Top PUBG Streamer Finds A Hacker, Has A Hell Of A Time

Top PUBG Streamer Finds A Hacker, Has A Hell Of A Time
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Michael “Shroud” Grzesiek, a popular PUBG Twitch streamer known for his skilled play and quick reflexes, recently played alongside a hacker. When fans noticed the hacker on Shroud’s stream and shared clips on social media, it sparked debate over what to do about top players fraternising with cheaters.

The video clip circulating around PUBG’s community shows Shroud and fellow streamer Wadu playing alongside a random hacker who is not part of their squad. The hacker flies cars around, using them to create makeshift barricades inside houses. Later, the hacker helps the pair of streamers by shuttling them through the air towards the next playzone.

At one point, the hacker stops at a house and informs them that a player is inside. Shroud enters and kills the player.

“I actually sell these cheats for for a living,” the hacker says before Shroud quickly shushes them. The pair fly off in the hacker’s car. Shroud jumps out over a river but dies upon impact with the water.

Viewers have pulled Twitch clips of the incident, but the original archived stream is unavailable.

Shroud’s Twitch channel boasts over 3 million subscribers, and his near-legendary PUBG skills have made him the de facto face of the game for fans. His popularity has also earned him an in-game shout-out; last month, PUBG added limited-time weapon skins inspired by Shroud and fellow Twitch star Dr Disrespect. 

Kotaku reached out to both PUBG Corp and Shroud but did not receive comment in time for publication.

High profile streamers have faced bans for breaching the game’s rules before. In July last year, Dr Disrespect received a temporary suspension after prominently teamkilling during a livestream. The incident prompted a response from designer Brendan “PlayerUnknown” Greene, who said, “In my house, you follow the rules or you GTFO.”

Hacking has resulted in bans, and players have faced disciplinary actions for teaming up with enemy players.

PUBG has always struggled with hackers that jump into games to mess with legitimate players and show off their cheats to prospective buyers.

The game uses an anti-cheat system called BattlEye, which was first used in 2004’s Battlefield Vietnam. The anti-cheat provider has kept the public informed about how many players they’ve banned from the battle royale, announcing in February that the number had reached 1,044,000 players.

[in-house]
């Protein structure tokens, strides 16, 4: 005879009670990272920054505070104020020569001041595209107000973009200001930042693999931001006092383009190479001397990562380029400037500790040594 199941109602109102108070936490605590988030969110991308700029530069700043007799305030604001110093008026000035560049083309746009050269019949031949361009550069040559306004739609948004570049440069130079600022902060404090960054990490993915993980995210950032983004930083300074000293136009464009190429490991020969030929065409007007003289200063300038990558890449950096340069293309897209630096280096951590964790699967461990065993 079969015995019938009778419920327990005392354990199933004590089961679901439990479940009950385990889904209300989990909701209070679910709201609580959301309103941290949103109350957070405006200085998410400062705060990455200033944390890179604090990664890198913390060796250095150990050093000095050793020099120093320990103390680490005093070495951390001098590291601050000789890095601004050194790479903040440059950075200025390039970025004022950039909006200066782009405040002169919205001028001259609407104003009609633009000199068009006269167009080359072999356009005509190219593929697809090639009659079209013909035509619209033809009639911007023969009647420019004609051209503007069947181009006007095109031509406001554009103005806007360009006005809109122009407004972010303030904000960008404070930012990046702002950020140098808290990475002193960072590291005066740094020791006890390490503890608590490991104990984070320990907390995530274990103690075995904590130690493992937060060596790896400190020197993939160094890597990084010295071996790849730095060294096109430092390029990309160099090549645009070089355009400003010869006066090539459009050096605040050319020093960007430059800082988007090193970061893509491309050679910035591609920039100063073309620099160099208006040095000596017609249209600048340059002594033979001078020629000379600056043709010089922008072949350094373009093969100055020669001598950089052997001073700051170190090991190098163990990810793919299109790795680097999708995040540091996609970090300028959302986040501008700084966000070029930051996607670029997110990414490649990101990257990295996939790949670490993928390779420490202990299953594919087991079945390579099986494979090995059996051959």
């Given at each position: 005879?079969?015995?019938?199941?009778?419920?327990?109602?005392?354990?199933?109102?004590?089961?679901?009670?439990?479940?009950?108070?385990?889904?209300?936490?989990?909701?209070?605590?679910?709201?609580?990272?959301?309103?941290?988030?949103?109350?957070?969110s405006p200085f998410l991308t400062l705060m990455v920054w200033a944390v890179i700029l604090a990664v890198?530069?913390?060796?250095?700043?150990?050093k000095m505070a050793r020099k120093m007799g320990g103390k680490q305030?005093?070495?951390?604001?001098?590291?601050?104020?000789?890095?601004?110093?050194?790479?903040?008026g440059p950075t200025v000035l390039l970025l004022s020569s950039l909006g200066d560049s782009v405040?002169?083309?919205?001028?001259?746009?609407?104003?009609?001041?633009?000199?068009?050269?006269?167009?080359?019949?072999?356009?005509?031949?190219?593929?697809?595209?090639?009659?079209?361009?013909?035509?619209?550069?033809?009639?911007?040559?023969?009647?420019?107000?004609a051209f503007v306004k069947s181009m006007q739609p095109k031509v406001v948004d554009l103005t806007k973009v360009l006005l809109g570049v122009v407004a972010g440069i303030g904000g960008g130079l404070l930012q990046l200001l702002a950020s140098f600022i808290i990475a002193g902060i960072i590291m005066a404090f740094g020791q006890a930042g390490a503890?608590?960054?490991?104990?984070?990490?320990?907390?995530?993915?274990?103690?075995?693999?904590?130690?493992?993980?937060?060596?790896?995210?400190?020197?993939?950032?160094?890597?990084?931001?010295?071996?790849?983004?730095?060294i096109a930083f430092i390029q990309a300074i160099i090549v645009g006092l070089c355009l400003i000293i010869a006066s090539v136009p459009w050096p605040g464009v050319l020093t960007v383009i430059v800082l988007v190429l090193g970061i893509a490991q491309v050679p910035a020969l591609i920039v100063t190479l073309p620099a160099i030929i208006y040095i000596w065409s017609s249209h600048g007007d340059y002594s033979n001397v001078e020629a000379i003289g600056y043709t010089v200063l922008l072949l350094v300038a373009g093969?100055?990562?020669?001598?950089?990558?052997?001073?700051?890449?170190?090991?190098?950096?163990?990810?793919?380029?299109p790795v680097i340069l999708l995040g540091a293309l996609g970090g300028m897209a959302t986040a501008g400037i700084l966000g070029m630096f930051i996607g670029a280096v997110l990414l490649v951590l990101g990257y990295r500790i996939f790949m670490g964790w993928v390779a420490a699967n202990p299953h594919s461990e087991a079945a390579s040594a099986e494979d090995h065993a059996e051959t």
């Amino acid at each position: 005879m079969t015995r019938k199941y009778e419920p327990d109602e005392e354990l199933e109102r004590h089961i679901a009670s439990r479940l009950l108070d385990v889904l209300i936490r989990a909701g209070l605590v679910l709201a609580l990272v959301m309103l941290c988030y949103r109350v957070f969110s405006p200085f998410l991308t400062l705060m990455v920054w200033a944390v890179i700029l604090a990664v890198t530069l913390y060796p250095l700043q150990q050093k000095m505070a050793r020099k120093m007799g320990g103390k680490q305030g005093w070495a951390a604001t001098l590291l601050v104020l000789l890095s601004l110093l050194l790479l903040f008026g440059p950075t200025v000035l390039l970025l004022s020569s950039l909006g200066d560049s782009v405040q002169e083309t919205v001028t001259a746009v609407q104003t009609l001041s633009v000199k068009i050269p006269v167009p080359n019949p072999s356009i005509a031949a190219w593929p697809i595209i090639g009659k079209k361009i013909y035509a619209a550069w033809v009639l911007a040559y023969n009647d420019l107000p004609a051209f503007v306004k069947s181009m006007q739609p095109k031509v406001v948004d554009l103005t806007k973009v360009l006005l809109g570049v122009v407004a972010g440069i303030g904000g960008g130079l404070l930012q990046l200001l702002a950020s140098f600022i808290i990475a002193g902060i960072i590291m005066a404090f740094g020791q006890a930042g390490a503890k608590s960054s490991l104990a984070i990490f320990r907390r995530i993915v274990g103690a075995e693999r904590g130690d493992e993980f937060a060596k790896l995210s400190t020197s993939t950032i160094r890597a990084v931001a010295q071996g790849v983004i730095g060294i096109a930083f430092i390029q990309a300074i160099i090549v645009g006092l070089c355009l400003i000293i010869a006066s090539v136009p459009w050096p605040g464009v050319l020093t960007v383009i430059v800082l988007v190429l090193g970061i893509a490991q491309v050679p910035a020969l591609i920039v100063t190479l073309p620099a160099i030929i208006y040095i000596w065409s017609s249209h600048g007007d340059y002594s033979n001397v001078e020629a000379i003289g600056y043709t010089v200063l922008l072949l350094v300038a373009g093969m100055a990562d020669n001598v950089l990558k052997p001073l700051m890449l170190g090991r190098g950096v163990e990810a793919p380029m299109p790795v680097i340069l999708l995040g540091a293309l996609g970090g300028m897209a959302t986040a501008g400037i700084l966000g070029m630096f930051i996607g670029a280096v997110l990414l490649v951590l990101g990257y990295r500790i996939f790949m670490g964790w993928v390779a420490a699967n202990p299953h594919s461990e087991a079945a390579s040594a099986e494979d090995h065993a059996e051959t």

Hackers remain prevalent in the game, however, and BattlEye sometimes flags innocent players, too.

Seeing one of the game’s top players cruise around with hackers has left the community split on whether or not disciplinary action is warranted or if this is just a natural result of PUBG Corps’ struggles to optimise the game and cut down on hackers.

As PUBG struggles to find a place in a changing battle royale market, many players have expressed frustration that the game can’t provide a smooth gameplay experience.

“Bluehole has let things go to absolute fuck while they ask players to spend more money and release more cosmetics,” a Reddit poster said. “Shroud is just reflecting the overall player base’s feelings towards the current state of the game.”

“Do we even blame him at this point,” said another post. “Blueballs deserves this. This cheat has been in PUBG for how long? Half a year?”

Other players are sceptical that Shroud will face any consequences at all.

“Shroud’s too big now for Bluehole to be punishing him or ban him,” one Redditor said. “PUBG isn’t where they are at a year ago so Shroud can basically do whatever the fuck he wants to.”


  • I’ve never really experienced the prevalent hackers that everyone says are rampant. But then again I’ve really only played FPP. On the topic of whether or not this is wrong of Shroud to do is irrelevant at this point(it’s probably wrong though).

    That second redditor’s comment is right.

    Shroud’s outgrown PUBG’s popularity–sometimes when you look at the streaming landscape it can appear he’s the one that’s keeping PUBG afloat, at least in terms of viewership(but that obviously leads to much more).

    They can’t and they won’t do anything but probably send him a stern, yet friendly email asking him to not do anything like this again.

    • lol, they banned him. Ballsy move to ban your highest profile player for a month.

      Hats off to you PUBG Corp./Bluehole. Even if it does contribute to your game slipping away.

  • Last night I opened Steam and saw a PUBG update.
    I hit pause.
    Then I hit “Do not keep this game up to date”

    PUBG, you were fun, but you won’t be missed.

  • Thrown into a game with a random that happens to be hacking and gets banned? Maybe he should have just team killed the guy to avoid any kind of ban.
    Oh wait….

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